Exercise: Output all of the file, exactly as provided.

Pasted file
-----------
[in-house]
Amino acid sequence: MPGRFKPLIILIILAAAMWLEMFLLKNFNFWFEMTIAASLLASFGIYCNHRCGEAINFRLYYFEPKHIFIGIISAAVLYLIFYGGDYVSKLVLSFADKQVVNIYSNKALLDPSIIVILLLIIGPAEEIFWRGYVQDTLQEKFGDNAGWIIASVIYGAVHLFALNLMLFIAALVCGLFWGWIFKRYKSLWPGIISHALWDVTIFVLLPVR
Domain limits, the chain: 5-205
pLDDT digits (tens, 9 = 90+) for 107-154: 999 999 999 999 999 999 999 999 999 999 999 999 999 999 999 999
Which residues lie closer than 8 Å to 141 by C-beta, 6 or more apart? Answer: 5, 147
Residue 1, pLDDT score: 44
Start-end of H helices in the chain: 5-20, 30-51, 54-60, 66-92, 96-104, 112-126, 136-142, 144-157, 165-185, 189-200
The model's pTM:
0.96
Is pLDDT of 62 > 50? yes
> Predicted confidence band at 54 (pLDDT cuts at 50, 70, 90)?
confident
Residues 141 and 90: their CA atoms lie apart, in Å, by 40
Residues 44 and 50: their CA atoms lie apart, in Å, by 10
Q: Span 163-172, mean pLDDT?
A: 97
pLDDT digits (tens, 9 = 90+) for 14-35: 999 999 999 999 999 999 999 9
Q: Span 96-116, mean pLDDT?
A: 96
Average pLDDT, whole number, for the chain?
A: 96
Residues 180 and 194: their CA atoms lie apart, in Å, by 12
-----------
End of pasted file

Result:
[in-house]
Amino acid sequence: MPGRFKPLIILIILAAAMWLEMFLLKNFNFWFEMTIAASLLASFGIYCNHRCGEAINFRLYYFEPKHIFIGIISAAVLYLIFYGGDYVSKLVLSFADKQVVNIYSNKALLDPSIIVILLLIIGPAEEIFWRGYVQDTLQEKFGDNAGWIIASVIYGAVHLFALNLMLFIAALVCGLFWGWIFKRYKSLWPGIISHALWDVTIFVLLPVR
Domain limits, the chain: 5-205
pLDDT digits (tens, 9 = 90+) for 107-154: 999 999 999 999 999 999 999 999 999 999 999 999 999 999 999 999
Which residues lie closer than 8 Å to 141 by C-beta, 6 or more apart? Answer: 5, 147
Residue 1, pLDDT score: 44
Start-end of H helices in the chain: 5-20, 30-51, 54-60, 66-92, 96-104, 112-126, 136-142, 144-157, 165-185, 189-200
The model's pTM:
0.96
Is pLDDT of 62 > 50? yes
> Predicted confidence band at 54 (pLDDT cuts at 50, 70, 90)?
confident
Residues 141 and 90: their CA atoms lie apart, in Å, by 40
Residues 44 and 50: their CA atoms lie apart, in Å, by 10
Q: Span 163-172, mean pLDDT?
A: 97
pLDDT digits (tens, 9 = 90+) for 14-35: 999 999 999 999 999 999 999 9
Q: Span 96-116, mean pLDDT?
A: 96
Average pLDDT, whole number, for the chain?
A: 96
Residues 180 and 194: their CA atoms lie apart, in Å, by 12